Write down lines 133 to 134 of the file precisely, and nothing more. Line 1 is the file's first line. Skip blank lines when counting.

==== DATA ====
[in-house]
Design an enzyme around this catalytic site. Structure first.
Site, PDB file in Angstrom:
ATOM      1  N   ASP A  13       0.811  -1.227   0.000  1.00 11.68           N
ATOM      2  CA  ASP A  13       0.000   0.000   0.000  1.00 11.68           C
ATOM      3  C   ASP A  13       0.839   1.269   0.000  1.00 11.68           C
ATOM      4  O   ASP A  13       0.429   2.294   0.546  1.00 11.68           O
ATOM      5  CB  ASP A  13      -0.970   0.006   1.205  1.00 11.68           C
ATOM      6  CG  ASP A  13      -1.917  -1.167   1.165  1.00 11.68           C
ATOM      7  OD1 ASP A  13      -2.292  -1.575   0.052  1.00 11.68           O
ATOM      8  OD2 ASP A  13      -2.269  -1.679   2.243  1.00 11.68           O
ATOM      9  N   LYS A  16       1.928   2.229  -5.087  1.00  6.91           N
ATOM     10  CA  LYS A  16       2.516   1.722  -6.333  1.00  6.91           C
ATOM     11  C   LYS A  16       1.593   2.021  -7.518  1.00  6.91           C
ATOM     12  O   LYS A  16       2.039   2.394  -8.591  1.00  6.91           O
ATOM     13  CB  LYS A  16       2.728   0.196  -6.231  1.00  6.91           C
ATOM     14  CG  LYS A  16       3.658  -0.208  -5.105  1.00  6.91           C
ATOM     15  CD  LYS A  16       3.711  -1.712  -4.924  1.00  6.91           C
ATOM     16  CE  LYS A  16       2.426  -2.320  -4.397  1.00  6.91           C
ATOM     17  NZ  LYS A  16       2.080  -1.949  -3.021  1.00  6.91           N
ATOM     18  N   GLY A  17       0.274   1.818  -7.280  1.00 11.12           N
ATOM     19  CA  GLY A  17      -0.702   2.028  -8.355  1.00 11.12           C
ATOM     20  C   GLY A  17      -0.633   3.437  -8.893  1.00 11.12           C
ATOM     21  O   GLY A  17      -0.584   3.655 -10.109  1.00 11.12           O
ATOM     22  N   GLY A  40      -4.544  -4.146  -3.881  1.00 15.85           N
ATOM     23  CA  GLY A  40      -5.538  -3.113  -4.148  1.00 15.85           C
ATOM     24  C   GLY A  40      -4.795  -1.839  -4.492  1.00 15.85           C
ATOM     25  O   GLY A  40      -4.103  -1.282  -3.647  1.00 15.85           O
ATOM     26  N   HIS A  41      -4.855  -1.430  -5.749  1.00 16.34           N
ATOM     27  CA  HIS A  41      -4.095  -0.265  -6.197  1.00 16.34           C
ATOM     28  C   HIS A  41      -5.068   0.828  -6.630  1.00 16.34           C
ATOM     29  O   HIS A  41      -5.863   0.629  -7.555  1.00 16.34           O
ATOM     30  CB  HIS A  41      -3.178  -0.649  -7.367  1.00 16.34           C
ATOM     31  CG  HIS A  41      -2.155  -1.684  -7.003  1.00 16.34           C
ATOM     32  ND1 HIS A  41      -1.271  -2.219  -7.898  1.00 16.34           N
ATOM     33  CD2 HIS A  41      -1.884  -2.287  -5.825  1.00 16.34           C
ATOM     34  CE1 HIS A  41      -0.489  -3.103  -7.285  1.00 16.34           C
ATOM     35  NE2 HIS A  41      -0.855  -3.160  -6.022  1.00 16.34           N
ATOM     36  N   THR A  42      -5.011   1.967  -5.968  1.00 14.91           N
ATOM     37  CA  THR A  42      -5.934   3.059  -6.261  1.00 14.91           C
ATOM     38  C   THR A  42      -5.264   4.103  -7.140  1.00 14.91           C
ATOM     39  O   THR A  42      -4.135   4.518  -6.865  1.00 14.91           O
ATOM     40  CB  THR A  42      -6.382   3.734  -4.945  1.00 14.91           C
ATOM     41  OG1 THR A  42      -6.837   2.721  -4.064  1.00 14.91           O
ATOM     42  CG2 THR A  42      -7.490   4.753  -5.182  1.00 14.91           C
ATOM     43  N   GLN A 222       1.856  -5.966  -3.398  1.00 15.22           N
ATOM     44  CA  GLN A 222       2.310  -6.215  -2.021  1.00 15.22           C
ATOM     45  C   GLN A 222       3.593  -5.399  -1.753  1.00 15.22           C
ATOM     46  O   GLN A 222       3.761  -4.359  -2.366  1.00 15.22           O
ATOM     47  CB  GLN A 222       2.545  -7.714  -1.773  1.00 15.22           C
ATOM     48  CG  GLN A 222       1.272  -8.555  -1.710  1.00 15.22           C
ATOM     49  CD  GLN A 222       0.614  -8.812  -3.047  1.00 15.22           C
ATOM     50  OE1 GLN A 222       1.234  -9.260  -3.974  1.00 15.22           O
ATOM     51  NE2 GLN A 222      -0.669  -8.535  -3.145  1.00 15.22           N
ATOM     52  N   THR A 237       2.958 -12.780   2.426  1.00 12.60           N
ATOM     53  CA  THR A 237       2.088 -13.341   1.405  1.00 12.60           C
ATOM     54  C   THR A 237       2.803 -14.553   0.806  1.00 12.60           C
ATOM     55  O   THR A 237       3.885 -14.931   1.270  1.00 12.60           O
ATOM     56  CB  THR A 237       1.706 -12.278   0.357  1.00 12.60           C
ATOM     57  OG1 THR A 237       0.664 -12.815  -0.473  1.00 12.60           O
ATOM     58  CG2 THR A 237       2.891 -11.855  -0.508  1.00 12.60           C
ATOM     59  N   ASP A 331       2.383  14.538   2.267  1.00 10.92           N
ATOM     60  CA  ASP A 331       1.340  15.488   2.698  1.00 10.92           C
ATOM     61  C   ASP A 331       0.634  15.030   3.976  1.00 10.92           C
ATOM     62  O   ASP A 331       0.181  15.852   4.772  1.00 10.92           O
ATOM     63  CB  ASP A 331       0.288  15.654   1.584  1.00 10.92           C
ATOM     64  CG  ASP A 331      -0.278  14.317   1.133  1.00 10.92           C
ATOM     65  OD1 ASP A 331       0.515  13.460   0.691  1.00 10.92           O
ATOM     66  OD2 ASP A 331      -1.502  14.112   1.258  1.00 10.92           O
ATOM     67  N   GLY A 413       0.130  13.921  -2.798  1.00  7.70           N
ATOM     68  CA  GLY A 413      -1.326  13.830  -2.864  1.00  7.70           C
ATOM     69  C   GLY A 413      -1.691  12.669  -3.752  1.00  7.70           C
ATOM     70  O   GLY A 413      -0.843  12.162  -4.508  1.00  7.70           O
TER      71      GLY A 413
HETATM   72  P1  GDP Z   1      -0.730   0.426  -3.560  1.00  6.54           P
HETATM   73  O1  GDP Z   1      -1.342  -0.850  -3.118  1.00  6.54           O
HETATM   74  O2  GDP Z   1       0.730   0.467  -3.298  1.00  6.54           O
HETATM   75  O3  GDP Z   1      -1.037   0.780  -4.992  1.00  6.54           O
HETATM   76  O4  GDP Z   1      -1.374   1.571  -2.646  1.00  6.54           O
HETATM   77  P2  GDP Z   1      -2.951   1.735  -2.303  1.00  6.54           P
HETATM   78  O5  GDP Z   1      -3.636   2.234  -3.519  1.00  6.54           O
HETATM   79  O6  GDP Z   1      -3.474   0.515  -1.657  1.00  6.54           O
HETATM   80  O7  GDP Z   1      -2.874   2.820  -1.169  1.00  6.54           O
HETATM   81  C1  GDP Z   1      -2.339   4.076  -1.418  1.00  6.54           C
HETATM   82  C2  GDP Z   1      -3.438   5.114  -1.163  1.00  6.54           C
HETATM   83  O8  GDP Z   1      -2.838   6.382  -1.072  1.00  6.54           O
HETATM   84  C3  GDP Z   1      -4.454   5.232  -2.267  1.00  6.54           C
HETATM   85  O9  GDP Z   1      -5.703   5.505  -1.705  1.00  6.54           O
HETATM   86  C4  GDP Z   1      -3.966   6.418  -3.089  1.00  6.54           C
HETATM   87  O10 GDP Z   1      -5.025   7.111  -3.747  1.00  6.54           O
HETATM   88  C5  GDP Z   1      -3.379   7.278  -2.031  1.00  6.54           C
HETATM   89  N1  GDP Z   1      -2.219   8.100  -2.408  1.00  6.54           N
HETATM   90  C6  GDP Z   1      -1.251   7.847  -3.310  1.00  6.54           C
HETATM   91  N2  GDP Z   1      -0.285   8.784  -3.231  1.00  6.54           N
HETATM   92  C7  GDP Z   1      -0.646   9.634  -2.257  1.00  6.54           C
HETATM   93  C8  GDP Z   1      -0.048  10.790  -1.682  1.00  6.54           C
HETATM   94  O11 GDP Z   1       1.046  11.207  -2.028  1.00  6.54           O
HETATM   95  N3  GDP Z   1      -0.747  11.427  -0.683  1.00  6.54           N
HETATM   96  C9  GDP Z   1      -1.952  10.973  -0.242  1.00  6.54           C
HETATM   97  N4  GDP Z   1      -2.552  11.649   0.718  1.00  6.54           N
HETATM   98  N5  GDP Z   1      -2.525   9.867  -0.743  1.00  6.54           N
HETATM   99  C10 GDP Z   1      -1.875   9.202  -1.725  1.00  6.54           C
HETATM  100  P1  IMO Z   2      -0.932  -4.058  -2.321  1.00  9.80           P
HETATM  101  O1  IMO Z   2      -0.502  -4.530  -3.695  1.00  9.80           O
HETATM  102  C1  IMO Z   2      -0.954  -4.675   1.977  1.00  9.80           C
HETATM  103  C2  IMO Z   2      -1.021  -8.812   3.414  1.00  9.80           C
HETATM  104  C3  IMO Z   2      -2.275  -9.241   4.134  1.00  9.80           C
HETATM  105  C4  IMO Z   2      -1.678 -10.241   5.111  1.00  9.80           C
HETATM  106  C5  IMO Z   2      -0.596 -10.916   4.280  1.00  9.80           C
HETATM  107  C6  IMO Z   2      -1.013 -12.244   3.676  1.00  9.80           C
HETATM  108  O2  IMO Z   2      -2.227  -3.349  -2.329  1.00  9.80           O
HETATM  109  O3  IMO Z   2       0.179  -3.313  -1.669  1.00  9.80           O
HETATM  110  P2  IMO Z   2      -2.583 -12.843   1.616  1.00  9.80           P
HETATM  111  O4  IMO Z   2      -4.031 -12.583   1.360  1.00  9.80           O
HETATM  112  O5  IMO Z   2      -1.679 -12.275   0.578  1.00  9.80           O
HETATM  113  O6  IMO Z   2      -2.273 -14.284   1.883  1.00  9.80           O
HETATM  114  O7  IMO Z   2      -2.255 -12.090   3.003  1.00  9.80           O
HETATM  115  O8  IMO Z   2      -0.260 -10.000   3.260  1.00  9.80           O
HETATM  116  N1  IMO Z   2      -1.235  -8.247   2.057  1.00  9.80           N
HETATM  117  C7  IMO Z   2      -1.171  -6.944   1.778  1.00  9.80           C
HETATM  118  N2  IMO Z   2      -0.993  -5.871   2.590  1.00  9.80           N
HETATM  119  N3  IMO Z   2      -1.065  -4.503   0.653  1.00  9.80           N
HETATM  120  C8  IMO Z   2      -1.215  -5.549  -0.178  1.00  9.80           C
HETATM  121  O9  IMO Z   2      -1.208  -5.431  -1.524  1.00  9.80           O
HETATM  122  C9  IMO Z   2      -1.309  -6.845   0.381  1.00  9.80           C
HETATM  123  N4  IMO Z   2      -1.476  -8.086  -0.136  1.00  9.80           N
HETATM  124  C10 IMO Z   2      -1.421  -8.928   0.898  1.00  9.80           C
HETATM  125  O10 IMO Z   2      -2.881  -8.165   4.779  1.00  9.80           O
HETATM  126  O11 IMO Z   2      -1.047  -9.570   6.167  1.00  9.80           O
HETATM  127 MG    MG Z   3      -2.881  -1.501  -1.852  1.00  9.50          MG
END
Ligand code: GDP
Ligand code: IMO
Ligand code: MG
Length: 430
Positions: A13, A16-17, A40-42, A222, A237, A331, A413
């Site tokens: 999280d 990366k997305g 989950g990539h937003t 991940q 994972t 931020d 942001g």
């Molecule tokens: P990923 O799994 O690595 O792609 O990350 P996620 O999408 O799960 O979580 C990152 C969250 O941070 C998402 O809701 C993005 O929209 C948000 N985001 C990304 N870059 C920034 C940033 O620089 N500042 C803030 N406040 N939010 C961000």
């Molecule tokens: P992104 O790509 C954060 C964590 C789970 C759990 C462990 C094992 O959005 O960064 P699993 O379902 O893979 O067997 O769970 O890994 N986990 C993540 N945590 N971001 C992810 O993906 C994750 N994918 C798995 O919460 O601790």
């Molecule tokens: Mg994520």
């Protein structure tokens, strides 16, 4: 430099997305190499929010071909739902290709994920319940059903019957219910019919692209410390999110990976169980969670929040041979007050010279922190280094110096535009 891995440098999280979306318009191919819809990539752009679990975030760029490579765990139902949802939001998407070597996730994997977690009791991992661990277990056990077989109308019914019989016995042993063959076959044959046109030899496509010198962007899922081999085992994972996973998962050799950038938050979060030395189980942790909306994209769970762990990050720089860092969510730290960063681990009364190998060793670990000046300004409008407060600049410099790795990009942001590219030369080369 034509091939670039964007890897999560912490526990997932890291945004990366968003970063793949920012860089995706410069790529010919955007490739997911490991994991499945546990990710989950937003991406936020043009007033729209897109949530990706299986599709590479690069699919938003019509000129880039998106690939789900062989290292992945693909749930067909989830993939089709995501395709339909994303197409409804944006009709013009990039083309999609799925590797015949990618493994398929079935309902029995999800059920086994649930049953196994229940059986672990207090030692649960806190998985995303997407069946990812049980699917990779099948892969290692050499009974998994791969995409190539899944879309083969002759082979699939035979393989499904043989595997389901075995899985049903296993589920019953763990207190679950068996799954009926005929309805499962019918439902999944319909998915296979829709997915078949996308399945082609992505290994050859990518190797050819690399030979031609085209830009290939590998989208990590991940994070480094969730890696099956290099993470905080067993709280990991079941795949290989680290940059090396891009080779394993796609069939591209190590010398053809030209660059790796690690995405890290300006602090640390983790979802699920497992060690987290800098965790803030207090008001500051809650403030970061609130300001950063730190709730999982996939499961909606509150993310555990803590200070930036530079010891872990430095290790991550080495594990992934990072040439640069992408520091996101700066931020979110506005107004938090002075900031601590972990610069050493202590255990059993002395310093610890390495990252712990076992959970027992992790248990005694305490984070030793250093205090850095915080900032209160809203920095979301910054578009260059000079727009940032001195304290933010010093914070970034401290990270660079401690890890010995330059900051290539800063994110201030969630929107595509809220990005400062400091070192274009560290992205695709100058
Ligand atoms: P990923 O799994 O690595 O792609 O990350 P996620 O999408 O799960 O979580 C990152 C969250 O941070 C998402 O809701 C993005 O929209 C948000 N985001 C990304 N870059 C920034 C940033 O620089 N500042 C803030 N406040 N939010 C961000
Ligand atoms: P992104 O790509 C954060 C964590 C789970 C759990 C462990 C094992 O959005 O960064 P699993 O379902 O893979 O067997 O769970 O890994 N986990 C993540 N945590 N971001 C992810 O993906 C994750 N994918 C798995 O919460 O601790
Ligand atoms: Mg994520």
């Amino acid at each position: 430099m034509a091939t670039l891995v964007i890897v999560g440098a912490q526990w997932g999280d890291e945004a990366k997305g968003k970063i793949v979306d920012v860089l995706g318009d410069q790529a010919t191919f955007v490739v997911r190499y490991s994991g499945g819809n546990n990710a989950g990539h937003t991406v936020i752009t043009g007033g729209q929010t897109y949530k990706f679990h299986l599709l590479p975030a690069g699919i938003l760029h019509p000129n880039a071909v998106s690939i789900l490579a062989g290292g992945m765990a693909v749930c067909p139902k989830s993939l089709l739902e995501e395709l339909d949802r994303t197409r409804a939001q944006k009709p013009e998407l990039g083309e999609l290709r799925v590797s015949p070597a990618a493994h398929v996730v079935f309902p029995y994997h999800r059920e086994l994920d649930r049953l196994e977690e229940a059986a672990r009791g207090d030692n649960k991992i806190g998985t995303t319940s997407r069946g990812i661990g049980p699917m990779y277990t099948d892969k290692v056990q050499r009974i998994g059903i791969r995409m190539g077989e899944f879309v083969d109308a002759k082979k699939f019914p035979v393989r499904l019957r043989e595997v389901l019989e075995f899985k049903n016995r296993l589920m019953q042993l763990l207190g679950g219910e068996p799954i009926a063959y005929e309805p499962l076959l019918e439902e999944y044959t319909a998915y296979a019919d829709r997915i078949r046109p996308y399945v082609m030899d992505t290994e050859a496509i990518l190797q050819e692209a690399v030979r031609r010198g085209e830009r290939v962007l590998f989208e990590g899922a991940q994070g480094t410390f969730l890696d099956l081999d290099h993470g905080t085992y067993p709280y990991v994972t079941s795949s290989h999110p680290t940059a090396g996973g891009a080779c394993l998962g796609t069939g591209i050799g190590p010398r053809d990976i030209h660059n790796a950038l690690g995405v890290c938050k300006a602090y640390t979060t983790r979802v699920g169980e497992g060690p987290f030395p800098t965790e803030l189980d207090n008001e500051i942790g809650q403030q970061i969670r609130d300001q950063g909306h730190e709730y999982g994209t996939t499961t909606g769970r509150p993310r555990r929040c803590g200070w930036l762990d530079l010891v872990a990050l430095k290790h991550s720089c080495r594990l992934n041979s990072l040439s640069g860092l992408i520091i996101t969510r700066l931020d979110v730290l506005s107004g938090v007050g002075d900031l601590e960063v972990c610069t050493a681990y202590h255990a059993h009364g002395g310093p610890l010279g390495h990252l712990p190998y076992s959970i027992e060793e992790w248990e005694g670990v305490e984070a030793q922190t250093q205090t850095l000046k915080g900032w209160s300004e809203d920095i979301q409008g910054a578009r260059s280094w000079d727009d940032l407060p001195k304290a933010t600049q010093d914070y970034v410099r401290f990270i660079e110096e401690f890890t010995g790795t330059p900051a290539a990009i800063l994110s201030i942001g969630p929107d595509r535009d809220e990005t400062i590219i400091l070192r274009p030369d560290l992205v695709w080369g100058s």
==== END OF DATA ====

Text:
Ligand code: IMO
Ligand code: MG